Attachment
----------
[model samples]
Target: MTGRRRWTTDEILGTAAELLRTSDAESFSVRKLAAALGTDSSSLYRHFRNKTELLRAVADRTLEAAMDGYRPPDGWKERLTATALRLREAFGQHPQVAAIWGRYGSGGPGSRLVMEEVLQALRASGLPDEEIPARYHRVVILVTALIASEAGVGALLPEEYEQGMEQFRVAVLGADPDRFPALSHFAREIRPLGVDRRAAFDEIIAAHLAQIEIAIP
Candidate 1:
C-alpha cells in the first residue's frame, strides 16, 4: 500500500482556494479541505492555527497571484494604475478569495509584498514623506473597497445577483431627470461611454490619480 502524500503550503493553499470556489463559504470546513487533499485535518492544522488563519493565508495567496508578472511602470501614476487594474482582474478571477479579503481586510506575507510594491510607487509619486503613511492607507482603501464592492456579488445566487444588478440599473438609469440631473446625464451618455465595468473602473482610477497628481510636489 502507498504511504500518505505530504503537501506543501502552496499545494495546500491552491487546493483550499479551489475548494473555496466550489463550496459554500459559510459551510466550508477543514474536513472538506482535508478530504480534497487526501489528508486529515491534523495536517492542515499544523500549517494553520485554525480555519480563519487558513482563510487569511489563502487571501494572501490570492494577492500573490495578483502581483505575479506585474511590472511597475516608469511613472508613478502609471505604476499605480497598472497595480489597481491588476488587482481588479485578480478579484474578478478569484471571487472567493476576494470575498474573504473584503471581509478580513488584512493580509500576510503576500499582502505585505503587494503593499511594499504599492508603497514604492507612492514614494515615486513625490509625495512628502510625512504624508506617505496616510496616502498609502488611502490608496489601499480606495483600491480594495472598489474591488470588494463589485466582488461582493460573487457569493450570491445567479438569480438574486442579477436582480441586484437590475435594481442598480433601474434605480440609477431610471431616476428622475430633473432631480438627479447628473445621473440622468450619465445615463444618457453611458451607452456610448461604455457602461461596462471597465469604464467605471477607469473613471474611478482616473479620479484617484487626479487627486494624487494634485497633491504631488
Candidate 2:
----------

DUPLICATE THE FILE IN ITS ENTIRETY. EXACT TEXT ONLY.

[model samples]
Target: MTGRRRWTTDEILGTAAELLRTSDAESFSVRKLAAALGTDSSSLYRHFRNKTELLRAVADRTLEAAMDGYRPPDGWKERLTATALRLREAFGQHPQVAAIWGRYGSGGPGSRLVMEEVLQALRASGLPDEEIPARYHRVVILVTALIASEAGVGALLPEEYEQGMEQFRVAVLGADPDRFPALSHFAREIRPLGVDRRAAFDEIIAAHLAQIEIAIP
Candidate 1:
C-alpha cells in the first residue's frame, strides 16, 4: 500500500482556494479541505492555527497571484494604475478569495509584498514623506473597497445577483431627470461611454490619480 502524500503550503493553499470556489463559504470546513487533499485535518492544522488563519493565508495567496508578472511602470501614476487594474482582474478571477479579503481586510506575507510594491510607487509619486503613511492607507482603501464592492456579488445566487444588478440599473438609469440631473446625464451618455465595468473602473482610477497628481510636489 502507498504511504500518505505530504503537501506543501502552496499545494495546500491552491487546493483550499479551489475548494473555496466550489463550496459554500459559510459551510466550508477543514474536513472538506482535508478530504480534497487526501489528508486529515491534523495536517492542515499544523500549517494553520485554525480555519480563519487558513482563510487569511489563502487571501494572501490570492494577492500573490495578483502581483505575479506585474511590472511597475516608469511613472508613478502609471505604476499605480497598472497595480489597481491588476488587482481588479485578480478579484474578478478569484471571487472567493476576494470575498474573504473584503471581509478580513488584512493580509500576510503576500499582502505585505503587494503593499511594499504599492508603497514604492507612492514614494515615486513625490509625495512628502510625512504624508506617505496616510496616502498609502488611502490608496489601499480606495483600491480594495472598489474591488470588494463589485466582488461582493460573487457569493450570491445567479438569480438574486442579477436582480441586484437590475435594481442598480433601474434605480440609477431610471431616476428622475430633473432631480438627479447628473445621473440622468450619465445615463444618457453611458451607452456610448461604455457602461461596462471597465469604464467605471477607469473613471474611478482616473479620479484617484487626479487627486494624487494634485497633491504631488
Candidate 2: